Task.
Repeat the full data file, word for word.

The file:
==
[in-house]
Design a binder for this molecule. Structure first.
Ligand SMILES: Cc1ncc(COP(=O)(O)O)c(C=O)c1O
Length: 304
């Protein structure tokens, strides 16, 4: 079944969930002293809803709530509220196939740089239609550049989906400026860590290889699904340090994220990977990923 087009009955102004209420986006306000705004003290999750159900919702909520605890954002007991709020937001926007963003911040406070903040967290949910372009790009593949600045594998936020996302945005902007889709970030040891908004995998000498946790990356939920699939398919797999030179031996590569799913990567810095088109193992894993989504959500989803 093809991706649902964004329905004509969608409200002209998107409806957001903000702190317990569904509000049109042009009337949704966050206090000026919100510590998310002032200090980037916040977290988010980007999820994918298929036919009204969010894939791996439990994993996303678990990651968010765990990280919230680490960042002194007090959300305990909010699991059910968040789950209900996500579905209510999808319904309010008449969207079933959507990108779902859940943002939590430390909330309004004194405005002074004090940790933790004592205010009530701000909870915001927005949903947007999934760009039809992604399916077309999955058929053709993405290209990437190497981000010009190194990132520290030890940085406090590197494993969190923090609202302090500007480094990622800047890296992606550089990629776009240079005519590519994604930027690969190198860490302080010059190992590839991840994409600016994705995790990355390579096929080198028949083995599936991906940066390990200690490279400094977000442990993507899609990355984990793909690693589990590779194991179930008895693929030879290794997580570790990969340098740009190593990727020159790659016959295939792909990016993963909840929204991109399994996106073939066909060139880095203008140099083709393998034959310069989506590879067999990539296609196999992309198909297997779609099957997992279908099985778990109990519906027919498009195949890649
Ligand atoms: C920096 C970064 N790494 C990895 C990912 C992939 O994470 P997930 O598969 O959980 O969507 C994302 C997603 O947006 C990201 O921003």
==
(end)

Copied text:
[in-house]
Design a binder for this molecule. Structure first.
Ligand SMILES: Cc1ncc(COP(=O)(O)O)c(C=O)c1O
Length: 304
């Protein structure tokens, strides 16, 4: 079944969930002293809803709530509220196939740089239609550049989906400026860590290889699904340090994220990977990923 087009009955102004209420986006306000705004003290999750159900919702909520605890954002007991709020937001926007963003911040406070903040967290949910372009790009593949600045594998936020996302945005902007889709970030040891908004995998000498946790990356939920699939398919797999030179031996590569799913990567810095088109193992894993989504959500989803 093809991706649902964004329905004509969608409200002209998107409806957001903000702190317990569904509000049109042009009337949704966050206090000026919100510590998310002032200090980037916040977290988010980007999820994918298929036919009204969010894939791996439990994993996303678990990651968010765990990280919230680490960042002194007090959300305990909010699991059910968040789950209900996500579905209510999808319904309010008449969207079933959507990108779902859940943002939590430390909330309004004194405005002074004090940790933790004592205010009530701000909870915001927005949903947007999934760009039809992604399916077309999955058929053709993405290209990437190497981000010009190194990132520290030890940085406090590197494993969190923090609202302090500007480094990622800047890296992606550089990629776009240079005519590519994604930027690969190198860490302080010059190992590839991840994409600016994705995790990355390579096929080198028949083995599936991906940066390990200690490279400094977000442990993507899609990355984990793909690693589990590779194991179930008895693929030879290794997580570790990969340098740009190593990727020159790659016959295939792909990016993963909840929204991109399994996106073939066909060139880095203008140099083709393998034959310069989506590879067999990539296609196999992309198909297997779609099957997992279908099985778990109990519906027919498009195949890649
Ligand atoms: C920096 C970064 N790494 C990895 C990912 C992939 O994470 P997930 O598969 O959980 O969507 C994302 C997603 O947006 C990201 O921003």